35 Bioluminescent Bays + World Map

35 Bioluminescent Bays + World Map

Seeing a bioluminescent bay in person is a truly magical experience. The striking colors paired with the nighttime adventure make it something that should be on everyone’s bucket list. Here is a list of the best bioluminescent bays in the world so that you can include a visit to one during your next trip! 

What is a bioluminescent bay? What is glowing? 

A bioluminescent bay is a natural phenomenon that’s caused by tiny organisms called dinoflagellates.

These dinoflagellates make their own food by photosynthesis, and this is how they glow. The process involves catching light in their chlorophyll, which is a bluish-green color. 

If these organisms become agitated, they often group together, causing a colored glow in the water.

Map of bioluminescent bays around the world

A world map in green with red pins showing 33 bioluminescent bays around the world.
Visuals: Emese Maczko, Eco Lodges Anywhere.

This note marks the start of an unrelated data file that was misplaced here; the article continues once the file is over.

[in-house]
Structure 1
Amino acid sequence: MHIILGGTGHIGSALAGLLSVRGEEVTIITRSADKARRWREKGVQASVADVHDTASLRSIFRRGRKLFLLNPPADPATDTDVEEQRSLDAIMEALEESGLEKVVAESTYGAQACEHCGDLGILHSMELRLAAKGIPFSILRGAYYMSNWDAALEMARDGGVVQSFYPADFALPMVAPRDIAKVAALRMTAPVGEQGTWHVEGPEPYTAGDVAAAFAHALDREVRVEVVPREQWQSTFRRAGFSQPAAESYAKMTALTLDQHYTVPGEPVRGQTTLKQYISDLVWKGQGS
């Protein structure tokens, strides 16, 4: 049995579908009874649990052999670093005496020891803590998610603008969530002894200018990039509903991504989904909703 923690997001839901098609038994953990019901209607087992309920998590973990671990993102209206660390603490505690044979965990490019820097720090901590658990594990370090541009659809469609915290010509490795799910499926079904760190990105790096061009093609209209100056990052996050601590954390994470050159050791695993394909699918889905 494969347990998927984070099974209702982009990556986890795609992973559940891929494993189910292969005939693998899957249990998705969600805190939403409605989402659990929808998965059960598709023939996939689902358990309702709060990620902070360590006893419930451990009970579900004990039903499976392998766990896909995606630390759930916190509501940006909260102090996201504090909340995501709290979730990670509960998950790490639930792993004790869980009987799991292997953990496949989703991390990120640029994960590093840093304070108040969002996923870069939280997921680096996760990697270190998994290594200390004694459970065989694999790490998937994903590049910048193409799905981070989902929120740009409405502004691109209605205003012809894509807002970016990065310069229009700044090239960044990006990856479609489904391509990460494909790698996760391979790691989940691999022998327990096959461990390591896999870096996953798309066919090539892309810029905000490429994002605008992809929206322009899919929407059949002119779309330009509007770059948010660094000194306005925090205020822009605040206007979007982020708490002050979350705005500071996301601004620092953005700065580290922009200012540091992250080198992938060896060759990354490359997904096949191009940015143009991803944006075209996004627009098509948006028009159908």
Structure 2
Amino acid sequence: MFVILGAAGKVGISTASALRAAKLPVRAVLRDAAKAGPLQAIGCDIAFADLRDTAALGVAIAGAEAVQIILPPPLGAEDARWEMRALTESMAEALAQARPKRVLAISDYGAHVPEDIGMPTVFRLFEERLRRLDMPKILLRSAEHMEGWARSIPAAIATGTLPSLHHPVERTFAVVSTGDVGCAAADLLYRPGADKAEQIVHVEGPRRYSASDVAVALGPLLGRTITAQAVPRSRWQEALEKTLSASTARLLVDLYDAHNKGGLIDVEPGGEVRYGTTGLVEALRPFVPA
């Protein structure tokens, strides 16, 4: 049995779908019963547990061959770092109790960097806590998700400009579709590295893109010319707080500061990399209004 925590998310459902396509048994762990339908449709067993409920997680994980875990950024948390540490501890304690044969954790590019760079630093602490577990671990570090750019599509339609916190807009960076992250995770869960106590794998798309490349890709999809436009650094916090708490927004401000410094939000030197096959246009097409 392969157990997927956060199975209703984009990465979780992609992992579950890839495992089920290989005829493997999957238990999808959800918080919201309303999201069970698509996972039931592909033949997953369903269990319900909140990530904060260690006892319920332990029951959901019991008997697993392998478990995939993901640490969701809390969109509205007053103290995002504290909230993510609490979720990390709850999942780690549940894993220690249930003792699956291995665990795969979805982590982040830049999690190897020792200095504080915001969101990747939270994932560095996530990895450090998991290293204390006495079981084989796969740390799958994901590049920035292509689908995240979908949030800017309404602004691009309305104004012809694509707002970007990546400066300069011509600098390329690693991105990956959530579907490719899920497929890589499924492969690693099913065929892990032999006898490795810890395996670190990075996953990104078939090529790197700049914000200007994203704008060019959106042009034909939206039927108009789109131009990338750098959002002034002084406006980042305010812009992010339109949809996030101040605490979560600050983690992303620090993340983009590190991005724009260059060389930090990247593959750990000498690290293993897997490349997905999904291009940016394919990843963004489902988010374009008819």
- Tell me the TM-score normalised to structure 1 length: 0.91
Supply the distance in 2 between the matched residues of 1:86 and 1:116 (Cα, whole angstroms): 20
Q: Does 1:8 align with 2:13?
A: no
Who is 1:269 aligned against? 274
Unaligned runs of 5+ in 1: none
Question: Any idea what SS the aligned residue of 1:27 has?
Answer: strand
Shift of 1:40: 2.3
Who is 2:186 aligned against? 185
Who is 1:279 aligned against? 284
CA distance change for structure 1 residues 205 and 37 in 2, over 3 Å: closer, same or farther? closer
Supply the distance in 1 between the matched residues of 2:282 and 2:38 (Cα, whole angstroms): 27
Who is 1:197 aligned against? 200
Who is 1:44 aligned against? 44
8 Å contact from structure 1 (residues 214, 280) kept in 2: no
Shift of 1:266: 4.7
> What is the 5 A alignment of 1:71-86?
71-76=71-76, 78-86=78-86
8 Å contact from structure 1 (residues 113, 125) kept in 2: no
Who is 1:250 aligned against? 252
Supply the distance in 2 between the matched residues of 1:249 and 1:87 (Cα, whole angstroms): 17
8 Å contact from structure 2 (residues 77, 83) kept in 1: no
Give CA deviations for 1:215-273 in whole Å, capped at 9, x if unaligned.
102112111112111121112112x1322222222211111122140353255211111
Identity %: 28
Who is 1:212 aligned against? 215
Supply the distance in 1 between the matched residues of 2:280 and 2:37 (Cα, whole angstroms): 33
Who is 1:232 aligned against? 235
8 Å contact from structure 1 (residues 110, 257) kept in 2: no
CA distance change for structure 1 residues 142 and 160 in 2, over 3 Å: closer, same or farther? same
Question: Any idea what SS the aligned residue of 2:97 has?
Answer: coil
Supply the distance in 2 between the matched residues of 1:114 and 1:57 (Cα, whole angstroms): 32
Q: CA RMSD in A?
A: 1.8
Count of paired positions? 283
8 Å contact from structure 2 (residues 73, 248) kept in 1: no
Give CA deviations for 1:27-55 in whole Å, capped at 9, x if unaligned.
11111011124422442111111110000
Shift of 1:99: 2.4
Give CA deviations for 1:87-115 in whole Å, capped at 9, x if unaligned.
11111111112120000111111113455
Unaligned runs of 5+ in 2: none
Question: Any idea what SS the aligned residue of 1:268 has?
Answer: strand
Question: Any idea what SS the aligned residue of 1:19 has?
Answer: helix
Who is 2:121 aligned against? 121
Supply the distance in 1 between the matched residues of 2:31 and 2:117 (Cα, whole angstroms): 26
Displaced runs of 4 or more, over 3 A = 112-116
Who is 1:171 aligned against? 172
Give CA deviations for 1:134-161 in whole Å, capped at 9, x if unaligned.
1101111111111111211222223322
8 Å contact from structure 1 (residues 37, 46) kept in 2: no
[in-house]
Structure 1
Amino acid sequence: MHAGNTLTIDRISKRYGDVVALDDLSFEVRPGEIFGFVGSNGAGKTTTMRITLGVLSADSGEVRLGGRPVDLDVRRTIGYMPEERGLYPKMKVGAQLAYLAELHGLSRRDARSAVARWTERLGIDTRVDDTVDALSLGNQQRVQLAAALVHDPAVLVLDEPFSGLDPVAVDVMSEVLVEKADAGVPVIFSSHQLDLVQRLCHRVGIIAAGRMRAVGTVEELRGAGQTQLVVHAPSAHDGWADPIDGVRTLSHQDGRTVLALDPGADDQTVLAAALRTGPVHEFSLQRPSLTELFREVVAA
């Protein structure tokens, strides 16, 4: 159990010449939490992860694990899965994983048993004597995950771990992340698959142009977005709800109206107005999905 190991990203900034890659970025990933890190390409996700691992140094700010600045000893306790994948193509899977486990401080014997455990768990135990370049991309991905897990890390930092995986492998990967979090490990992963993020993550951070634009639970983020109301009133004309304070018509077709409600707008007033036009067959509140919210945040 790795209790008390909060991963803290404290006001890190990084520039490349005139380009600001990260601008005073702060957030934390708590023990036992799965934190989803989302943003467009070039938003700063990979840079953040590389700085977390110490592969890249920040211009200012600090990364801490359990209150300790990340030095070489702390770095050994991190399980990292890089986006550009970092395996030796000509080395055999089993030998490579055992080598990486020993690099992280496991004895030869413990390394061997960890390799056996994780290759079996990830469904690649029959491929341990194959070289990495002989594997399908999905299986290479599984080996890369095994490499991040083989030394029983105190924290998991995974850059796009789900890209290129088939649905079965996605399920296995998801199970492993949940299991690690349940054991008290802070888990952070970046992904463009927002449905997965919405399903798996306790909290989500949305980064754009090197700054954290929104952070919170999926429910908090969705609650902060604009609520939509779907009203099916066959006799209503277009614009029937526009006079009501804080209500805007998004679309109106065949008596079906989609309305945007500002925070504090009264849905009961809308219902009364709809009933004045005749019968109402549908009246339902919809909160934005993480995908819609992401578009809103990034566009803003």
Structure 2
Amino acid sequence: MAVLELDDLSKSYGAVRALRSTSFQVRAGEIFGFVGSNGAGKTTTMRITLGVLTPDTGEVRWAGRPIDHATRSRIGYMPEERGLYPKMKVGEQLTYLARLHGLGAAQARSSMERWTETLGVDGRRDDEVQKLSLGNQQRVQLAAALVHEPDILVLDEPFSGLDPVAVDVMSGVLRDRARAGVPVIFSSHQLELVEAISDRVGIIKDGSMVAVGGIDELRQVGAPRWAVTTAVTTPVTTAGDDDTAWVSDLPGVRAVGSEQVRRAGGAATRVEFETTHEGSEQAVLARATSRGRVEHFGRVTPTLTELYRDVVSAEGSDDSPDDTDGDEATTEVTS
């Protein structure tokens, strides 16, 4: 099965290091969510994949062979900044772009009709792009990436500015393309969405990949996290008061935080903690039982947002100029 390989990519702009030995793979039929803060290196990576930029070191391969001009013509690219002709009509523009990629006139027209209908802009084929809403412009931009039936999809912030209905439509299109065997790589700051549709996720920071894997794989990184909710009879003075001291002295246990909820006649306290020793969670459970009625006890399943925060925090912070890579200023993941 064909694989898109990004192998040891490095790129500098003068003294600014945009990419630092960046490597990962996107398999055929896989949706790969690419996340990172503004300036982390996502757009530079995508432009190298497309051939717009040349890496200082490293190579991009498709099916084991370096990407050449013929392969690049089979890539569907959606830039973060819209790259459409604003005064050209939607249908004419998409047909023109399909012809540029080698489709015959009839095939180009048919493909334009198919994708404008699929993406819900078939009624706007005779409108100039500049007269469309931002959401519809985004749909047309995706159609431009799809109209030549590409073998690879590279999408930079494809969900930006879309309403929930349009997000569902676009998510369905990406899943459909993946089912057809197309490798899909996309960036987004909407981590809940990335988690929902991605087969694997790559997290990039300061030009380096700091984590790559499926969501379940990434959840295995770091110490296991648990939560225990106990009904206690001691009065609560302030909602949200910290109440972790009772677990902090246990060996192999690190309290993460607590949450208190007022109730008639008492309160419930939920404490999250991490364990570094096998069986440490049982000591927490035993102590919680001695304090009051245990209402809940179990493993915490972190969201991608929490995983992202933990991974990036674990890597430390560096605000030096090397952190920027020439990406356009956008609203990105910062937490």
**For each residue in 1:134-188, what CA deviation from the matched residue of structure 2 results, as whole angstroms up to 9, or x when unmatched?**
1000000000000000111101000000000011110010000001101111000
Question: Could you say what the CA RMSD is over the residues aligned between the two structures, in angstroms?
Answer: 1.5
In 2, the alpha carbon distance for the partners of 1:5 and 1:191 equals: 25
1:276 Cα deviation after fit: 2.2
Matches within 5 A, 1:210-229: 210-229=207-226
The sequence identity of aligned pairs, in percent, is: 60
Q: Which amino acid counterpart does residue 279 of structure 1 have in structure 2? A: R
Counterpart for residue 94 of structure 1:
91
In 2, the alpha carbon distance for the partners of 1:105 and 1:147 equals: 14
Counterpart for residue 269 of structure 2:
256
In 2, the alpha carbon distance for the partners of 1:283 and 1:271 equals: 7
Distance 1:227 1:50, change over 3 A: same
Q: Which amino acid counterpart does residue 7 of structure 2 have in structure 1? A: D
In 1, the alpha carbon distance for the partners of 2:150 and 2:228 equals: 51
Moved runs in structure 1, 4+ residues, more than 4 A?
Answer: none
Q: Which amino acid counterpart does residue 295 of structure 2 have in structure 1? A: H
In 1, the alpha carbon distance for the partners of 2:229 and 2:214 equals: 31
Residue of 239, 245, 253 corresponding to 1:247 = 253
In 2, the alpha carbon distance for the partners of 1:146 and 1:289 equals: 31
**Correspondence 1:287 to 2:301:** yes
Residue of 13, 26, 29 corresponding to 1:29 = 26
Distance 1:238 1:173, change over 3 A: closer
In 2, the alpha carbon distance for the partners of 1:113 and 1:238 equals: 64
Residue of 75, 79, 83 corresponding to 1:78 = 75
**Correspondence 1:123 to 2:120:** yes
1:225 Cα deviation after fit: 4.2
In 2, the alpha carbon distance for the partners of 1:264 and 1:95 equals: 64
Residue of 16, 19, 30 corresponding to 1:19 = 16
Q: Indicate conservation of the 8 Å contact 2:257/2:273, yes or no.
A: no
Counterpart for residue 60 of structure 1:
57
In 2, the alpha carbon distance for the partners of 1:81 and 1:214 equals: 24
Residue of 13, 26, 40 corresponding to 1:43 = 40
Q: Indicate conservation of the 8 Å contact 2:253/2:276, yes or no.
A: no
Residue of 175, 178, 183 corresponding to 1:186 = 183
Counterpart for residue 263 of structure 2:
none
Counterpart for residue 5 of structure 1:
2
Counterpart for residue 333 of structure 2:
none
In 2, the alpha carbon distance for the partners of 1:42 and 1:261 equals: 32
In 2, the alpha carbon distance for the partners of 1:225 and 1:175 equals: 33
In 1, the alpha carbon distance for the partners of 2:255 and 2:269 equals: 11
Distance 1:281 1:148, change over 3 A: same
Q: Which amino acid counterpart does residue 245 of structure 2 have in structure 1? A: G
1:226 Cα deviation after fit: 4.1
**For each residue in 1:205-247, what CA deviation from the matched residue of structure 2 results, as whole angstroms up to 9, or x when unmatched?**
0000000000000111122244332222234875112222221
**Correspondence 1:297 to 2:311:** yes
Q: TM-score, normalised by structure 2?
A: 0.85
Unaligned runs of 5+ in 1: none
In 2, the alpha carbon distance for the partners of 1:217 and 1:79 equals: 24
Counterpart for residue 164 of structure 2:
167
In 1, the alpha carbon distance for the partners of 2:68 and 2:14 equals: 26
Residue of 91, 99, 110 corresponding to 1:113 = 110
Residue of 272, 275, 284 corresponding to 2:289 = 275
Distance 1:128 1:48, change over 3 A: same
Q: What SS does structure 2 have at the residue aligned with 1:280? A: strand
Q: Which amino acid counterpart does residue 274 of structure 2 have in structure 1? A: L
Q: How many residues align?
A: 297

Mosquito Bay, Vieques, Puerto Rico

Mosquito Bay is the brightest bioluminescent bay in the world and is truly a beautiful sight. It contains up to 700,000 microscopic organisms per gallon of water, so it creates a stunning display of light. 

This kayak tour offers one of the best ways to see Mosquito Bay, as you’ll be heading out into the bay in a clear-bottomed kayak.

Jervis Bay, Australia

Bright light blue glowing waves in the sea around rocks at night.
Photo credit: Canva Pro.

Jervis Bay has been home to some stunning bioluminescent displays over the past couple of years. So, if you’re looking to spot bioluminescent waves here, you have a few options. 

Although seeing this natural phenomenon is widely unpredictable and never guaranteed, there are a couple of beaches in this area that are known for sightings. These include Barfleur Beach, Blenheim Beach, and Callala Bay!